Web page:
Mass shootings like the ones in Maine last week are a “unique American problem” and change may only come from voting out lawmakers who have worked against gun reform, Congresswoman Katherine Clark told high school students Monday.

Clark, the number-two Democrat in the House, said the nation has made some progress at reforming gun laws, including through last year’s Bipartisan Safer Communities Act, but said stronger regulation was all but impossible with the current slate of Republican lawmakers.

“I think it really is that simple. We have to elect people who will move us forward,” Clark told the crowd of at least 250, packed into Arlington High School’s auditorium. “We have to change the players who are voting on these measures.”

Clark, a 60-year-old Revere resident, was joined by Representative Maxwell Frost of Florida, the first Gen-Zer to hold a seat in the House and a lifelong advocate for gun reform.

The audience fell silent as Frost, 26, recalled seeing reports of the Sandy Hook Elementary School shooting more than 10 years ago. Frost was in high school at the time, and he recalled scanning the exits at a jazz band recital that evening, terrified that a shooter might enter.

“I know that’s an anxiety that a lot of you live with everyday,” Frost told the students before he and Clark fielded about a dozen of their questions, mostly focused on gun control.

One student asked the representatives how they respond to arguments that gun ownership is a fundamental part of American life.

Frost said he has no problem with gun ownership, and he understands Americans who want to own firearms for self-defense purposes. He said there is a false notion that Democrats advocating gun control are really pushing to abolish the Second Amendment or ban guns outright.

“We’re just trying to make sure that . . . we have common-sense gun reform,” he said.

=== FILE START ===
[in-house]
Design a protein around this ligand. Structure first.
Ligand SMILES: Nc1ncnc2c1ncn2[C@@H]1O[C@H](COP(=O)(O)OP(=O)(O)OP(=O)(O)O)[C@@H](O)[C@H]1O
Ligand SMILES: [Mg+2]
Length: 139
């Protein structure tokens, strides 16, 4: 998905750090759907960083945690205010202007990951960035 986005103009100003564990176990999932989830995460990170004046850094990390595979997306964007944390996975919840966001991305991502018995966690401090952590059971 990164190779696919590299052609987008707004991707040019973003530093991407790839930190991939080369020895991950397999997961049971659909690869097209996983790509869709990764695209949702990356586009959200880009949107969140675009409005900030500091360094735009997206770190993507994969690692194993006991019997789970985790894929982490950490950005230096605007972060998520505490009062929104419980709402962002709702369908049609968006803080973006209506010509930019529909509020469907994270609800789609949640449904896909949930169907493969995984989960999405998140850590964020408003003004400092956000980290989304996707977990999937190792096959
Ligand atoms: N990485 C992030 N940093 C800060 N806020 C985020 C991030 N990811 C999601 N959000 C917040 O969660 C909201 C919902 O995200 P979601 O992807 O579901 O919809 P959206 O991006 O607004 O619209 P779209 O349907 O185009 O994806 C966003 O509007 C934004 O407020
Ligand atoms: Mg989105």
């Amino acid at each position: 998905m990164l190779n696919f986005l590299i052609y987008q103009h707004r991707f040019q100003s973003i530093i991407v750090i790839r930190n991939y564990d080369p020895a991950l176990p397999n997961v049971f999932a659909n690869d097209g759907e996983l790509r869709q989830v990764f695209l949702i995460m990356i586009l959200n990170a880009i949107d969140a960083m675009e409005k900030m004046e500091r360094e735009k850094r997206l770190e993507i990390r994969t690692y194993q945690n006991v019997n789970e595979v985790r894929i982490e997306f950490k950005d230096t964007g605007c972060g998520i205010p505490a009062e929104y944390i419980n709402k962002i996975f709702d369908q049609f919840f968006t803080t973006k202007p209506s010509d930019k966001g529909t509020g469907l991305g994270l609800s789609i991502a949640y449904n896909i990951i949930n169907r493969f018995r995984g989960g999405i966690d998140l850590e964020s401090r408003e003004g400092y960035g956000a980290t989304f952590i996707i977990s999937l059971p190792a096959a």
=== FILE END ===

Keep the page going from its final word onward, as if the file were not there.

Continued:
Clark echoed the younger representative’s argument, emphasizing that most Americans support some degree of gun reform.

Both representatives acknowledged that the country has a history of mourning mass shootings without making significant changes to its gun laws, but they expressed optimism that stronger regulation could come in the wake of the Lewiston, Maine, killings and after the 2024 election.

Last week, Maine Representative Jared Golden reversed his longtime stance on assault weapons, calling on Congress to ban them and taking responsibility for previous failures to do so.

In a Globe interview after the town hall, Clark said Golden’s “brave” reversal gives her hope that lawmakers are starting to budge on gun control.

“I have spoken with him, and I think he feels it’s the right thing to do,” Clark said. “That is a very difficult thing to do in politics, to do a 180 on an issue that is so decisive, but I think he is exactly the kind of leader we need on this issue.”

Clark and Frost both said most Republican voters are supportive of “common sense” gun reform, including background checks, waiting periods, and “red flag” laws, but many legislators, bound by pressure from the gun lobby, fail to catch up with their constituents’ attitudes.

One student asked how either representative plans to effectively work on gun control with the new Republican speaker of the House, staunchly conservative Representative Mike Johnson.

“I don’t at all,” Frost said, drawing laughter from the crowd. “I don’t see us passing any gun legislation, meaningful gun legislation in this Congress.”

In his first interview as speaker, shortly after the Lewiston shooting, Johnson said it was not the time to discuss legislation and said the “problem is the human heart, not guns.”

Clark called the speaker’s words “so discouraging,” but she emphasized that a younger generation of voters, activists, and legislators — including Frost — seems well equipped to change the makeup of Congress in the next few years.

“The American people are way ahead of members of Congress in understanding the urgency,” Clark said in the interview. “If we really want freedom in this country, we cannot live under the fear that we’re going to be sending our kids off to school and may never see them again.”


Original story HERE.